“Many thanks for re-sending the recent editions of European Neurological Review. It is always a pleasure to receive the...
Huntington’s disease (HD) is an autosomal-dominantly inherited neurodegenerative disorder. It has a prevalence of 5–7 per 100,000 people in European and North American populations.1 The first symptoms typically appear between the ages of 35 and 45 years and include minor uncontrollable movements and personality changes such as depression and irritability.1
Initially, motor symptoms mainly involve the small distal muscles, but later on the larger postural muscles also become affected, resulting in the characteristic choreatic movements. Over the years, cognitive functions gradually deteriorate leading to impairments in memory and attention. Progressive weight loss and muscle wasting, despite sustained or even increased caloric intake, are also hallmarks of the disease.2–4 The end stage of the disease is characterised by rigidity, dystonia, dementia and cachexia. In most cases, HD results in death about 15–20 years after clinical onset. HD is caused by an expanded sequence of a cytosine-adenine-guanine (CAG) repeat located near the 5’ end of the first exon of the huntingtin (HTT) gene.5 Healthy individuals typically have fewer than 36 CAG repeats, and repeats of 40 or more cause HD with complete penetrance.5 Individuals with 36–39 CAG repeats are at risk of developing HD, but penetrance is often incomplete.6 There is an inverse association between the length of the mutant CAG expansion and age of onset, which is modulated by the size of the CAG repeat tract in the normal allele,7 as well as by other genetic and environmental factors.8,9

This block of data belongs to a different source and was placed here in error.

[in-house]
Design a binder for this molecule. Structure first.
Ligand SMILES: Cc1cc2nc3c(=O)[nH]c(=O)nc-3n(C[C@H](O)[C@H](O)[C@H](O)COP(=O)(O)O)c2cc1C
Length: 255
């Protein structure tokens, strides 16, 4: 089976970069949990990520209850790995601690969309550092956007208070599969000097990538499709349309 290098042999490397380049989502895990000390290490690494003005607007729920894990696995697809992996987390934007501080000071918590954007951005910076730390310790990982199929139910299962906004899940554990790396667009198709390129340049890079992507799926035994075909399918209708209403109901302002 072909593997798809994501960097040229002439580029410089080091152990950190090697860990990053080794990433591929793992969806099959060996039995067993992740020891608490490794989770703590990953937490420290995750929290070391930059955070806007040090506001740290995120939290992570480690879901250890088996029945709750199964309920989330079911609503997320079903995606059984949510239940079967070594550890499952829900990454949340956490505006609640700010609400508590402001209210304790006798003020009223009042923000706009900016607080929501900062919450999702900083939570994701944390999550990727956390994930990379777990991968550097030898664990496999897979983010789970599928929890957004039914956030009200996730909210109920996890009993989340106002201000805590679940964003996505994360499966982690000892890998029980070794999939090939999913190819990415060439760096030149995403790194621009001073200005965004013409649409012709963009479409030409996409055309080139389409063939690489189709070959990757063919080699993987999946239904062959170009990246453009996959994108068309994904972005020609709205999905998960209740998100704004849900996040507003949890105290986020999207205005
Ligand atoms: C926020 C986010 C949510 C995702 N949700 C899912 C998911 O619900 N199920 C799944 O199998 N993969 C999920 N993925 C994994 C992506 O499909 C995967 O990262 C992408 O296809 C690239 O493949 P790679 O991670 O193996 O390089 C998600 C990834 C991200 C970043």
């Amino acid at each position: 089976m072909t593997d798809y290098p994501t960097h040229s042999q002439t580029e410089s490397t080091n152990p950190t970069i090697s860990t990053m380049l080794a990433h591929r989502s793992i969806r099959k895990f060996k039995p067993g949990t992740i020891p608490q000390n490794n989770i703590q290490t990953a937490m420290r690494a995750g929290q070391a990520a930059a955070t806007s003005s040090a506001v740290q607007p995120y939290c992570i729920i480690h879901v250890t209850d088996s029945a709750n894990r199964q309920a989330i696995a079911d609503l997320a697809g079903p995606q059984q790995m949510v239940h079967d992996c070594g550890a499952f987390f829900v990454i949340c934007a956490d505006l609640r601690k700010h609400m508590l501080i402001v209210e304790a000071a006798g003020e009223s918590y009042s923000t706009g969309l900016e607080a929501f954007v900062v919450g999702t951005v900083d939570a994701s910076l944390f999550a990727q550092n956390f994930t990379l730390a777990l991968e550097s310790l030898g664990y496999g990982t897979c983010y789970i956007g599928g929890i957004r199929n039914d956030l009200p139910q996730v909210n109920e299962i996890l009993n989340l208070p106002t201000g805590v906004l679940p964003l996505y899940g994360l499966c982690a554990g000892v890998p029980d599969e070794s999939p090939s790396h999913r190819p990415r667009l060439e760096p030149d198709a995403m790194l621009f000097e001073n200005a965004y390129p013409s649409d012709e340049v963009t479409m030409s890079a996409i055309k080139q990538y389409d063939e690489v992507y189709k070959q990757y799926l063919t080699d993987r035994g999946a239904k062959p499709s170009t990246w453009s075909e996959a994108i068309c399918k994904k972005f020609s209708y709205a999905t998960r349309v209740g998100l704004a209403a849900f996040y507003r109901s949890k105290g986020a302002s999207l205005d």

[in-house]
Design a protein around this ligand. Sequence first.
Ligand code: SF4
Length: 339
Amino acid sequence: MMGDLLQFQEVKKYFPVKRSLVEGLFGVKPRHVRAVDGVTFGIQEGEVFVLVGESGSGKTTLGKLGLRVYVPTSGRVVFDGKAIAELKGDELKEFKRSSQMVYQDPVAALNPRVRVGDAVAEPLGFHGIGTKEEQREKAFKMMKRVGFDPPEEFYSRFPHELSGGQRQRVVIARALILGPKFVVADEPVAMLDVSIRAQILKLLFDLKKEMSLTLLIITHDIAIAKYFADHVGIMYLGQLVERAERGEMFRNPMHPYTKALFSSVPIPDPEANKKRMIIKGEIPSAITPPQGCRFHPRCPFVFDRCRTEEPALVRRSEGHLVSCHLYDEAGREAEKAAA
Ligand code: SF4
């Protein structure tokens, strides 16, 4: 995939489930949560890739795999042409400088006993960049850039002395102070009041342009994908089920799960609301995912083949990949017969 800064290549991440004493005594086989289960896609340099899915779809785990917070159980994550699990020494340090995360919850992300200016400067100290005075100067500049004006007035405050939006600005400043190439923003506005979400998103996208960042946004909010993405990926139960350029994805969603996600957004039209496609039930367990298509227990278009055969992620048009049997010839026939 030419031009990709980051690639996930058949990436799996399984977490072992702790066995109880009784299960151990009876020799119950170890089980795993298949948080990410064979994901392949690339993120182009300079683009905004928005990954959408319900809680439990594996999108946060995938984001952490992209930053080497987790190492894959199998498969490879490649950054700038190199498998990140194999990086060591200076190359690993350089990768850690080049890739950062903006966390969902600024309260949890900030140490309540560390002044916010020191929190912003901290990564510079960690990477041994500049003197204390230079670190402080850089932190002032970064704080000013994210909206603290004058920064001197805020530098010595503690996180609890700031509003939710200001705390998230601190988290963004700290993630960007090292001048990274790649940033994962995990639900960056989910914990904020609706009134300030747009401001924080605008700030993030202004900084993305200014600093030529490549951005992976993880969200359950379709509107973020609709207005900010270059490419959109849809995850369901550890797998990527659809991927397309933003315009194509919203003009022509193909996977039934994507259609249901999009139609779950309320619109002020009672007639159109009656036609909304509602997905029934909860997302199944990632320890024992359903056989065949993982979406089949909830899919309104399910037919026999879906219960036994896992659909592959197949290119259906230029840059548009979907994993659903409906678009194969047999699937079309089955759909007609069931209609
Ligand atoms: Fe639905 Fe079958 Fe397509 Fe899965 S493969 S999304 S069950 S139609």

Although less well-known, autonomic nervous system (ANS) dysfunction can also accompany HD.2 Indeed, vegetative symptoms indicative of ANS dysfunction have repeatedly been reported in patients with HD and include hyperhydrosis, micturition and swallowing difficulties,10–12 sexual dysfunction13 and complaints suggestive of orthostatic intolerance.14,15 Vegetative symptoms are most prominent in the advanced stages of the disease,16,17 but autonomic complaints such as dizziness following standing up, excessive perspiration and tachycardia can occur even in mildly disabled HD patients (i.e. Shoulson and Fahn stages I and II), as well as in otherwise asymptomatic gene carriers.18–20